This is Part 2 in a series trying to understand if the data in a medical record is true. Part 1 reviews some problems with Past Medical History data, and Part 2 here offers some high level solutions to ascribe confidence to issues in the Past Medical Record.
This is just a proposal of some considerations, it is not meant to be fully comprehensive, nor prescriptive. Though, I do think all medical records should implement Levels 1 through 3 immediately.
1. Why is displaying the ‘certainty’ or ‘truth’ of information in medical records important?
Obviously using real information will improve patient care (both quality of, and speed it can be delivered). But How?
Ideally, the electronic medical record user interface would display the level of confidence beside facts in the record. For instance, items in a patient’s Past Medical History list, or active medication list would each have an associated ‘level of confidence’ beside the particular issue or medication. If the confidence was low - the user interface would alert the clinician to this fact. [Yes, I realize, in the future the EHR shouldn’t even show the user low confidence information…but we’ll get there …slowly]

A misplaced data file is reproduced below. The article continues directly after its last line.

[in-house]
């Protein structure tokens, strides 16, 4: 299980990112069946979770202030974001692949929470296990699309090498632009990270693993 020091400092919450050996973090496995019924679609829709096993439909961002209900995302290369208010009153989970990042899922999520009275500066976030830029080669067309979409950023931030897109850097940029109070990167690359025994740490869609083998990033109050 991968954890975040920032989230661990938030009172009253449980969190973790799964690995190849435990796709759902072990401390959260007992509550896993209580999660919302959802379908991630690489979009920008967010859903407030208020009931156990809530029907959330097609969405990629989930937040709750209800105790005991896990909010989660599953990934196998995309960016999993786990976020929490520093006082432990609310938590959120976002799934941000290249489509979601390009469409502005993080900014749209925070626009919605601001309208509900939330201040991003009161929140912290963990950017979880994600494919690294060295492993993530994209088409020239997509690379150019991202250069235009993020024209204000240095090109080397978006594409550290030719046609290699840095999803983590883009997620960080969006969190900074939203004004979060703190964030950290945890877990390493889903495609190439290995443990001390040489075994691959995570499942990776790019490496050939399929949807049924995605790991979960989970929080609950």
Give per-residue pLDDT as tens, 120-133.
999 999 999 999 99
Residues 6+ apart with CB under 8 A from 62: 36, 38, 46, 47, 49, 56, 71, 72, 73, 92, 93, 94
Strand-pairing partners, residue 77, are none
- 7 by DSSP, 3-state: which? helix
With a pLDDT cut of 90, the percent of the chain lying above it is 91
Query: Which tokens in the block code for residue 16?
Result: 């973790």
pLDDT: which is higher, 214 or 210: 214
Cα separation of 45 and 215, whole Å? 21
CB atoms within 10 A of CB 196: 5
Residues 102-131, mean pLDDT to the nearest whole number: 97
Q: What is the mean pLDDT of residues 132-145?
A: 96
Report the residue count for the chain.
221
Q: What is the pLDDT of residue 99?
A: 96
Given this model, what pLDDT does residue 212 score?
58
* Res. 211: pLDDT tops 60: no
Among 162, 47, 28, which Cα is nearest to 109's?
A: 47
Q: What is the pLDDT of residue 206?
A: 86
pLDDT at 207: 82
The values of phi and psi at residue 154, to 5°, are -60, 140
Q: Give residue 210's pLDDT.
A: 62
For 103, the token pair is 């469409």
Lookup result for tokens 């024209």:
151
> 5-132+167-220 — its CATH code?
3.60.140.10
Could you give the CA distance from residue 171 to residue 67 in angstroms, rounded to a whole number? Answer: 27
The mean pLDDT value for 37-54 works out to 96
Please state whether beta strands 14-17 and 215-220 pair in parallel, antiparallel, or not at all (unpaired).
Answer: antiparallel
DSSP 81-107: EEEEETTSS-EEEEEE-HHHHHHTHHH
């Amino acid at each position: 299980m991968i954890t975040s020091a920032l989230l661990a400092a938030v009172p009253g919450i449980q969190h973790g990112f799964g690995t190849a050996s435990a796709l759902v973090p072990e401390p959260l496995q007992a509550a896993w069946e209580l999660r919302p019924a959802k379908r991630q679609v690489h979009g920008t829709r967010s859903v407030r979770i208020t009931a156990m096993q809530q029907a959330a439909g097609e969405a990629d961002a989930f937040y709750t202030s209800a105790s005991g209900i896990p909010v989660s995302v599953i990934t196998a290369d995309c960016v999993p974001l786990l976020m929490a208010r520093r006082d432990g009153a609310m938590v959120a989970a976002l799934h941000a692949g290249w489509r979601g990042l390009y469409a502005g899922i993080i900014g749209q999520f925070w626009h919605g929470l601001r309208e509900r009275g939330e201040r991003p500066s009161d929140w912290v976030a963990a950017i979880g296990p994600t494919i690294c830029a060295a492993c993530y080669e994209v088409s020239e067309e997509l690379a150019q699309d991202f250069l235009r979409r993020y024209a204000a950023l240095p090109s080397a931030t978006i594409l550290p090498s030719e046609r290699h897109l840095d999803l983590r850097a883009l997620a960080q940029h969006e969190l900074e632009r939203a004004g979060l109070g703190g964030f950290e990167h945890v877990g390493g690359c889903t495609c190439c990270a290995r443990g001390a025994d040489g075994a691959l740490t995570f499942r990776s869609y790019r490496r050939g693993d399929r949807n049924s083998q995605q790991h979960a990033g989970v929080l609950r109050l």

The benefit of displaying the confidence level beside each fact is that it greatly improves the clinician’s ability to review a patient’s chart, and improves the quality of the care given. Without this information, as we saw in the previous post, each new clinician would have to manually fact check the record.
Let’s look at a hypothetical 5 level scale of increasing complexity to help ascribe the truthfulness of an issue listed in the Past Medical History. As one moves from Level 1 to Level 5 the system becomes more automated, and relies more on aggregate data analysis techniques and machine learning and less on straightforward simple rules based approaches.
Level 1: Manual Linkage
I have been talking about manual linkage of data to issues in the Past Medical History for years. However, have yet to see a system that does this remotely well. In general the systems that I have seen incorporate a ‘free text box’ where people can write what they want beside that Past Medical History issue. This free text box often has horrible version control (ie. some silly med student can write over what an experienced physician wrote), and the box provides no linking to primary level material.
The way it should work, is that when item is added to the patient’ list of Past Medical Issues, as much as possible, that item should be linked to the primary source material that supports the claim being made. This material should be viewable as a ‘snippet’ and ‘summary’ of the related issue, and then the user can click on this to view the original documentation themselves.